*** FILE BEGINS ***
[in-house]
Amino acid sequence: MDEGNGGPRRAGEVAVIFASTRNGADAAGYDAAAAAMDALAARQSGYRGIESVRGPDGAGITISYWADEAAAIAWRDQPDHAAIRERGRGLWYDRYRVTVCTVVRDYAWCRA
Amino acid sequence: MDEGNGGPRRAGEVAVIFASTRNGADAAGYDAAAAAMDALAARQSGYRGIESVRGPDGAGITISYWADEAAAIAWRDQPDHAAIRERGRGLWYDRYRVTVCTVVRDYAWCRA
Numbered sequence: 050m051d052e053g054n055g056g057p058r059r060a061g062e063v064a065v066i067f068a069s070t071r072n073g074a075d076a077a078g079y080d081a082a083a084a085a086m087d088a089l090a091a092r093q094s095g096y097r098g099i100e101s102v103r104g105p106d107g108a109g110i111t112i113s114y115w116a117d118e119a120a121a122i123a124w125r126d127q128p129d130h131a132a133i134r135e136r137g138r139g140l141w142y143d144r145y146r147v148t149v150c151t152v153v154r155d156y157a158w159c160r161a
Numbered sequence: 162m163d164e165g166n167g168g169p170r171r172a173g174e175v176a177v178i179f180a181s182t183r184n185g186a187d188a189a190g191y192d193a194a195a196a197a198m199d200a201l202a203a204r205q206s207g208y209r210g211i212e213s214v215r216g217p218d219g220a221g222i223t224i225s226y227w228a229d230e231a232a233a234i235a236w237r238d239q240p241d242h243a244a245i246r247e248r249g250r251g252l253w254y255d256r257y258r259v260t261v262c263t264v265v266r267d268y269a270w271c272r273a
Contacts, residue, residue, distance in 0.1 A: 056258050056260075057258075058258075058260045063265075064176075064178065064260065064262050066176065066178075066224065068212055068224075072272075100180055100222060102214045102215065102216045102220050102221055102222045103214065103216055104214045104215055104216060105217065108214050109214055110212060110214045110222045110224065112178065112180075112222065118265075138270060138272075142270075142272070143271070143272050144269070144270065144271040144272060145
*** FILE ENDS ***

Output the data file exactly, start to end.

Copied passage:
[in-house]
Amino acid sequence: MDEGNGGPRRAGEVAVIFASTRNGADAAGYDAAAAAMDALAARQSGYRGIESVRGPDGAGITISYWADEAAAIAWRDQPDHAAIRERGRGLWYDRYRVTVCTVVRDYAWCRA
Amino acid sequence: MDEGNGGPRRAGEVAVIFASTRNGADAAGYDAAAAAMDALAARQSGYRGIESVRGPDGAGITISYWADEAAAIAWRDQPDHAAIRERGRGLWYDRYRVTVCTVVRDYAWCRA
Numbered sequence: 050m051d052e053g054n055g056g057p058r059r060a061g062e063v064a065v066i067f068a069s070t071r072n073g074a075d076a077a078g079y080d081a082a083a084a085a086m087d088a089l090a091a092r093q094s095g096y097r098g099i100e101s102v103r104g105p106d107g108a109g110i111t112i113s114y115w116a117d118e119a120a121a122i123a124w125r126d127q128p129d130h131a132a133i134r135e136r137g138r139g140l141w142y143d144r145y146r147v148t149v150c151t152v153v154r155d156y157a158w159c160r161a
Numbered sequence: 162m163d164e165g166n167g168g169p170r171r172a173g174e175v176a177v178i179f180a181s182t183r184n185g186a187d188a189a190g191y192d193a194a195a196a197a198m199d200a201l202a203a204r205q206s207g208y209r210g211i212e213s214v215r216g217p218d219g220a221g222i223t224i225s226y227w228a229d230e231a232a233a234i235a236w237r238d239q240p241d242h243a244a245i246r247e248r249g250r251g252l253w254y255d256r257y258r259v260t261v262c263t264v265v266r267d268y269a270w271c272r273a
Contacts, residue, residue, distance in 0.1 A: 056258050056260075057258075058258075058260045063265075064176075064178065064260065064262050066176065066178075066224065068212055068224075072272075100180055100222060102214045102215065102216045102220050102221055102222045103214065103216055104214045104215055104216060105217065108214050109214055110212060110214045110222045110224065112178065112180075112222065118265075138270060138272075142270075142272070143271070143272050144269070144270065144271040144272060145